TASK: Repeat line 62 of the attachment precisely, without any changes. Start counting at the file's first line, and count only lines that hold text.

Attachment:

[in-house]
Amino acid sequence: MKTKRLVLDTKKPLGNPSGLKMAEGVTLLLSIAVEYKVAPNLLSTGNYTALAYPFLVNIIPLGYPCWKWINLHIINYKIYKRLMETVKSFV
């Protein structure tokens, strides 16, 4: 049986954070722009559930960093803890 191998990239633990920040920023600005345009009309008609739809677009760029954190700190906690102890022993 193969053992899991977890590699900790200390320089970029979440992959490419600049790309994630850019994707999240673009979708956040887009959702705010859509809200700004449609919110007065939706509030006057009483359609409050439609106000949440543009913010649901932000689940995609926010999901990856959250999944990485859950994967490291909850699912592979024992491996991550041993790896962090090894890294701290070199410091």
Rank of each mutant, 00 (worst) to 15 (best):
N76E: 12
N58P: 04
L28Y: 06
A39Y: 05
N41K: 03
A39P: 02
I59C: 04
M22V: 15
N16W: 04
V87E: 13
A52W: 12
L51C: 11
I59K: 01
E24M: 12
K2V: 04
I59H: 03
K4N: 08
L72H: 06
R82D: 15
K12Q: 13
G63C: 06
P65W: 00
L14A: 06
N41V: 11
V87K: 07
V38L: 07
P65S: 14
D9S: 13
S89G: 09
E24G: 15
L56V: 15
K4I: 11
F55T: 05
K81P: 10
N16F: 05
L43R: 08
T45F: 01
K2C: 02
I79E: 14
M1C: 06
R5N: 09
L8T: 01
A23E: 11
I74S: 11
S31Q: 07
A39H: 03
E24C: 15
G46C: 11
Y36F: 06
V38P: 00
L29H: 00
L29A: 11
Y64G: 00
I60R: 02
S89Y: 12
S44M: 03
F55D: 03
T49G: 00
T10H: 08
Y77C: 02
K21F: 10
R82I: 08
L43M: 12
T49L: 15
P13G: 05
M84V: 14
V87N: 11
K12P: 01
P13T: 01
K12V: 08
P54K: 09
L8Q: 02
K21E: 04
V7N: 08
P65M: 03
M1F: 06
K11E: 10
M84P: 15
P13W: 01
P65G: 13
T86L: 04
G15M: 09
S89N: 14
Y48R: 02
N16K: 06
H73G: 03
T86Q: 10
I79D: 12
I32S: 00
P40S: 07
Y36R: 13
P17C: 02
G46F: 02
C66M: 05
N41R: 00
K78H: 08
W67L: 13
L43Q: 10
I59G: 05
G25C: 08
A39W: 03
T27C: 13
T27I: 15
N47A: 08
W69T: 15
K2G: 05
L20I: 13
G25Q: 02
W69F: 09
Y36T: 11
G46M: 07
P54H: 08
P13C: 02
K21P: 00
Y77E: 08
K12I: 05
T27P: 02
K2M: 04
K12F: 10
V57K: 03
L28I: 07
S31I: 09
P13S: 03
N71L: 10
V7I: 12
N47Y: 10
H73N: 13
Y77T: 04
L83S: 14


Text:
T49G: 00